“As a public entity, we thrive on serving our visitors and making our collections readily available to them, virtually and in person,” Lonnie Bunch, secretary of the Smithsonian, said in a statement. “However, the safety and well-being of our staff, visitors and volunteers come first and are paramount, so we are taking a deliberate, phased and cautious approach to reopening. Our goal is to be safe and measured in order to adjust and pivot as necessary.”

Both buildings will reopen with multiple safety measures in place.

Here are some of those safety measures:

  • Visitors ages six and older will be required to wear face coverings inside the zoo and Udvar-Hazy Center. Social distancing will also be implemented, and hand-sanitizing stations will be provided.
  • The number of people inside the facilities will be limited. Visitors will be able to reserve free passes ahead of their visit. The Smithsonian will make available 5,000 passes to the zoo and 1,500 passes for the Udvar-Hazy Center daily.
1:12 p.m. ET, July 20, 2020

WHO "deeply concerned" by Covid-19's impact on indigenous people in the Americas 

From CNN's Mia Alberti

Indigenous nurses from the Special Secretariat for Indigenous Health (Sesai) of the Arapiuns ethnic group and Tapuia ethnic groups perform rapid COVID-19 testing on the banks of the lower Tapajos River in the municipality of Santarem in western Para on Sunday, July 19.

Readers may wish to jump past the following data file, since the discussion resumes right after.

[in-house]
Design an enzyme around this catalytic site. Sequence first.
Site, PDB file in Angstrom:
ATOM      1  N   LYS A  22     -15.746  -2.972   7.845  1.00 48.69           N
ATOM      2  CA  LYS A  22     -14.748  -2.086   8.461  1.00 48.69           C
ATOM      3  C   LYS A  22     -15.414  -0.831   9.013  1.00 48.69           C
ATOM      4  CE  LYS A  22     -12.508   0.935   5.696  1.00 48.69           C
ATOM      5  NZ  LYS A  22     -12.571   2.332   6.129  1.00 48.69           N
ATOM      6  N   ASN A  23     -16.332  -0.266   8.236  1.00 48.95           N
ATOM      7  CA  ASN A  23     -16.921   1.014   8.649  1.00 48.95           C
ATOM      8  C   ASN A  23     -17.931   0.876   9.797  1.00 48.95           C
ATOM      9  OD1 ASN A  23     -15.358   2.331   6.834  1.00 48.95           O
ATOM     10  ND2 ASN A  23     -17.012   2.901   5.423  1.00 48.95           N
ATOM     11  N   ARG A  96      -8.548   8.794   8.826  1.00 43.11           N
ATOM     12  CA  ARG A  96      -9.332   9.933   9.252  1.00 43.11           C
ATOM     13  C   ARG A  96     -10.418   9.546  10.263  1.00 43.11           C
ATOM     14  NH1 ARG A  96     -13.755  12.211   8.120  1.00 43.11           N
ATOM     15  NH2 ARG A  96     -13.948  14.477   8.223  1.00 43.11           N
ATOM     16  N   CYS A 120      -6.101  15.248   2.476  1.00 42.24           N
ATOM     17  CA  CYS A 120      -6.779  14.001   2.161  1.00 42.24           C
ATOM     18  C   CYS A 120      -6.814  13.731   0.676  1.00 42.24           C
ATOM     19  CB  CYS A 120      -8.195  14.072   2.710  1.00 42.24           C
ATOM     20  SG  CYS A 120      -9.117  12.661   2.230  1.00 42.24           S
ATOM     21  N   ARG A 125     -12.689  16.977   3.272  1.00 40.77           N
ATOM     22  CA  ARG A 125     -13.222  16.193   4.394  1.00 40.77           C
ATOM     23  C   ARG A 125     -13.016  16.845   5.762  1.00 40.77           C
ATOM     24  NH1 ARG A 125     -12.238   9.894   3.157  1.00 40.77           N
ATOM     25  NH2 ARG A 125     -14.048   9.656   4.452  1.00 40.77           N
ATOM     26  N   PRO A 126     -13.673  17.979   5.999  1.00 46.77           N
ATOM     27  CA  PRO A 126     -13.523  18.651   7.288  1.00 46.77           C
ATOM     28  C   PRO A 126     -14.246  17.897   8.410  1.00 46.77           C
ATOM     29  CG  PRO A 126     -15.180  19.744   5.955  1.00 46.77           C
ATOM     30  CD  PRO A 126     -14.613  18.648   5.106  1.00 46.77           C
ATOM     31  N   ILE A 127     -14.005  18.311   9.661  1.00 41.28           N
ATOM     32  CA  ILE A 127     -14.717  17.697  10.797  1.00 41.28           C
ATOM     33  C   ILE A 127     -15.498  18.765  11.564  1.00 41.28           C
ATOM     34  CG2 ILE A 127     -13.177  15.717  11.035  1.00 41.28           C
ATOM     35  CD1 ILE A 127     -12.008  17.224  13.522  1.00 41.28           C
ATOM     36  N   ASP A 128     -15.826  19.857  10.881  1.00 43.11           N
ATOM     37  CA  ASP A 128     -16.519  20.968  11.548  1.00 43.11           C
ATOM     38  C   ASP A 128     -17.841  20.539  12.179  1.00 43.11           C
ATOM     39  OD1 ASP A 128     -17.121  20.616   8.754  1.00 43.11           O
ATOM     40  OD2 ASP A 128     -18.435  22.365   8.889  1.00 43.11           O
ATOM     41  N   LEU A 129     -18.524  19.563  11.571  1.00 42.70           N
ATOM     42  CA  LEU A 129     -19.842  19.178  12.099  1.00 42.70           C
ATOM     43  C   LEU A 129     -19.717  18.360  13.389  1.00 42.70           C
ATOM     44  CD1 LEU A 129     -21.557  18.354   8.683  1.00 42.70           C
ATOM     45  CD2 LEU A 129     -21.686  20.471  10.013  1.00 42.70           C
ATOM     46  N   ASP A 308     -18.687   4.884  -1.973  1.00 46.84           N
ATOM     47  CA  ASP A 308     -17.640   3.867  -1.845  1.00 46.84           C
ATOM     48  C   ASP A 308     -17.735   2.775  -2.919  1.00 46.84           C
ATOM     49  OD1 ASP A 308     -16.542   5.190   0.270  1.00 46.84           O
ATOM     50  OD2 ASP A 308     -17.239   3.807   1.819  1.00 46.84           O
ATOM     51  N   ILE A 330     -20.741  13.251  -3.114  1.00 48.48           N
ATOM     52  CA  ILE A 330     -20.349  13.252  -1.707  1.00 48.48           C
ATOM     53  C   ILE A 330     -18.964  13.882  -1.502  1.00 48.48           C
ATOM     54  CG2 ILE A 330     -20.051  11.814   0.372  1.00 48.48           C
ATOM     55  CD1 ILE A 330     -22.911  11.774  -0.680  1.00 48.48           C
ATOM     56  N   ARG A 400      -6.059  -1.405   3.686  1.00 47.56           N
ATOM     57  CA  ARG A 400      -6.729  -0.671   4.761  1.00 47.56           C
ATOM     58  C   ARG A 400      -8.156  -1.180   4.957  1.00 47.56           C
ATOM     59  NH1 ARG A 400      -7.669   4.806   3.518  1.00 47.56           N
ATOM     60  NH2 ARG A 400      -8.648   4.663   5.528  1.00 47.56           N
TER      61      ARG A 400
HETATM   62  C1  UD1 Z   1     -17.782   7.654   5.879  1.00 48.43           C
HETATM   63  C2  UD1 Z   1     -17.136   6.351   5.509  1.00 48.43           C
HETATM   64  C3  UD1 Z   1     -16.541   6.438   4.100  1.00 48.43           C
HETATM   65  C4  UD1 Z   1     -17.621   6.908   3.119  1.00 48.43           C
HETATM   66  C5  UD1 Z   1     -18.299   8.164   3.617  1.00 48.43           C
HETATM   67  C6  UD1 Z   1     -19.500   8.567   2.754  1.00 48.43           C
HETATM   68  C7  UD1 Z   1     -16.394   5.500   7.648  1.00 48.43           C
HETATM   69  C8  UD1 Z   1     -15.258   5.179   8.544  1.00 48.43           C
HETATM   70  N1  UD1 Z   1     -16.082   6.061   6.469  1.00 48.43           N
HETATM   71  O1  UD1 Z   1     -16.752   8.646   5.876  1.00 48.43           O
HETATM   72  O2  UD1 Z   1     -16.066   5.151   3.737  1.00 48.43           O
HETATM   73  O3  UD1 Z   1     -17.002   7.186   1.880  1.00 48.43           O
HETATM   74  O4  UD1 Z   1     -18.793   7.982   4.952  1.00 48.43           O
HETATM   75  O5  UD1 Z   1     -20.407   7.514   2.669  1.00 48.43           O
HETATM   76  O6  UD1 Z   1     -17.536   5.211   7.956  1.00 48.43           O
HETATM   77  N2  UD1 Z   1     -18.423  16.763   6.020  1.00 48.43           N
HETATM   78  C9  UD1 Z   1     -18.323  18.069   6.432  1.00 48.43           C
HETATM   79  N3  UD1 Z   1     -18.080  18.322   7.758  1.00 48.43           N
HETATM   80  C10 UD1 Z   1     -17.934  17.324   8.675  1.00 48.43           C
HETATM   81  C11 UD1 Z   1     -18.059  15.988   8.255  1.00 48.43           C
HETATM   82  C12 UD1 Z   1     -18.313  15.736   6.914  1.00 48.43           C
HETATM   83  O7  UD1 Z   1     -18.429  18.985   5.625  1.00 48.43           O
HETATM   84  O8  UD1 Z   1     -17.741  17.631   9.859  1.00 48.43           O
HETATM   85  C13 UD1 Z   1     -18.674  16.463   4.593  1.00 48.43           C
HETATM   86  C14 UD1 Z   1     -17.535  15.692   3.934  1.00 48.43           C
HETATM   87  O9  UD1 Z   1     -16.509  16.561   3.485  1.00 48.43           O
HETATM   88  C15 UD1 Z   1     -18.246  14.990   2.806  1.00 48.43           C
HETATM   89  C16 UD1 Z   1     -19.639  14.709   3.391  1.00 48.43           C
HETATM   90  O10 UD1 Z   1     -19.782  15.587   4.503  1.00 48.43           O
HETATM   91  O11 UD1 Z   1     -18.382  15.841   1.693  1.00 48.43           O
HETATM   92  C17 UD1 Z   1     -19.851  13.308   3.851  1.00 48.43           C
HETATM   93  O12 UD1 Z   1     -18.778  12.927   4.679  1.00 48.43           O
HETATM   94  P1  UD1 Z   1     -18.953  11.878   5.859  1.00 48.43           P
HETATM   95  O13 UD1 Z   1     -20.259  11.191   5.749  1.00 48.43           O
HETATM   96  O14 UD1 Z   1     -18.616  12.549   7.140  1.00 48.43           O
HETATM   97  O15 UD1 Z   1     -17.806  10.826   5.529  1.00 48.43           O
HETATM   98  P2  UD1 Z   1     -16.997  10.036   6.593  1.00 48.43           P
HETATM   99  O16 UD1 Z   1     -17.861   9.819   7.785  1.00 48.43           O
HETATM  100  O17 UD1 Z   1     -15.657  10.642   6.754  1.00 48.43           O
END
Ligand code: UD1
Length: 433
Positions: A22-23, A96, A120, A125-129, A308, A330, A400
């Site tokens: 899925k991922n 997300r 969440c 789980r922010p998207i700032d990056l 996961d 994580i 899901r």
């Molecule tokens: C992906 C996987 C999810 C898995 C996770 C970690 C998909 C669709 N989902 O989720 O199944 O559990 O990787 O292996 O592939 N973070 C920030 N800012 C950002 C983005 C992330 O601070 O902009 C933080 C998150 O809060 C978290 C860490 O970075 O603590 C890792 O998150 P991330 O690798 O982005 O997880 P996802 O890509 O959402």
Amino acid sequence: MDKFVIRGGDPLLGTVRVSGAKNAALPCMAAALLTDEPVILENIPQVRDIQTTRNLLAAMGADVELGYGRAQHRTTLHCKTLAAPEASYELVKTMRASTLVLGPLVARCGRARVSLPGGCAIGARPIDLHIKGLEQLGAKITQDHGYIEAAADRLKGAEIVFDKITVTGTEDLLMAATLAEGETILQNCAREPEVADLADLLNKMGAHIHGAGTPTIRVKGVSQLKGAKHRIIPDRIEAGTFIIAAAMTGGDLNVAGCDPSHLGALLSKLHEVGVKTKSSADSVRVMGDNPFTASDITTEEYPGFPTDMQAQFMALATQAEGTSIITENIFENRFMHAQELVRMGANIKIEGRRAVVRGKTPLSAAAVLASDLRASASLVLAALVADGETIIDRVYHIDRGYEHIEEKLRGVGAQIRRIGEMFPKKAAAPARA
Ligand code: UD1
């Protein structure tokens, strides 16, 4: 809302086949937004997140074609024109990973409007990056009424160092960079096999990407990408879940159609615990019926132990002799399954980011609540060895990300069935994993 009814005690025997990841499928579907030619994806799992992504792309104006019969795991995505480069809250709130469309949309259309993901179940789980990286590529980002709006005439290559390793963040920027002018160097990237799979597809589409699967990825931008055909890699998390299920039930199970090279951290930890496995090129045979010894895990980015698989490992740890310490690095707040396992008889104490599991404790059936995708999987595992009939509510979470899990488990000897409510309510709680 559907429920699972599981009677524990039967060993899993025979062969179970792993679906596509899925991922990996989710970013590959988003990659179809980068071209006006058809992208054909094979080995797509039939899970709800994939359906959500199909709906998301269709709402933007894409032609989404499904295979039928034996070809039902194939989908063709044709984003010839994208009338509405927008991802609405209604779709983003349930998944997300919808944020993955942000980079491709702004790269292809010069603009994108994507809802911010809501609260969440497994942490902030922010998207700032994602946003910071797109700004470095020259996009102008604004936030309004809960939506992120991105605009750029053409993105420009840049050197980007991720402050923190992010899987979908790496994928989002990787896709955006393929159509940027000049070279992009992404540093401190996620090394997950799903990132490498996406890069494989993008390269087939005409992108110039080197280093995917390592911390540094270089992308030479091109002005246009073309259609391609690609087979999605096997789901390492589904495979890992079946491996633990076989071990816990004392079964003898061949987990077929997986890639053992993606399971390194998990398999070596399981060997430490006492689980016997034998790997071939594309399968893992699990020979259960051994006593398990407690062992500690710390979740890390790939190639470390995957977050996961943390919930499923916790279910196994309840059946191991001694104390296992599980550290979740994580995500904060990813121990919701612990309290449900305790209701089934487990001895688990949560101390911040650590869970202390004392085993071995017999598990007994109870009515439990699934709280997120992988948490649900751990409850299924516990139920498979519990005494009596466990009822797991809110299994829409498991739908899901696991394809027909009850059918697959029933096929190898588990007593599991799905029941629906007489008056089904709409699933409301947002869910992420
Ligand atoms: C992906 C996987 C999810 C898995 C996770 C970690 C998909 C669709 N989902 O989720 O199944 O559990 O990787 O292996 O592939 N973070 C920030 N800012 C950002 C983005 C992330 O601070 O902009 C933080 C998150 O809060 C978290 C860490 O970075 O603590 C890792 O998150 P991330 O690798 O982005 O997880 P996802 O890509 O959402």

Indigenous nurses from the Special Secretariat for Indigenous Health (Sesai) of the Arapiuns ethnic group and Tapuia ethnic groups perform rapid COVID-19 testing on the banks of the lower Tapajos River in the municipality of Santarem in western Para on Sunday, July 19. Tarso Sarraf/AFP/Getty Images

Indigenous people in the Americas are especially vulnerable to Covid-19, the World Health Organization said on Monday.

"Although Covid-19 is a risk for all indigenous peoples globally, WHO is deeply concerned about the impact of the virus on indigenous peoples in the Americas which remains the current epicenter of the pandemic," said Tedros Adhanom Ghebreyesus, the organization’s director-general.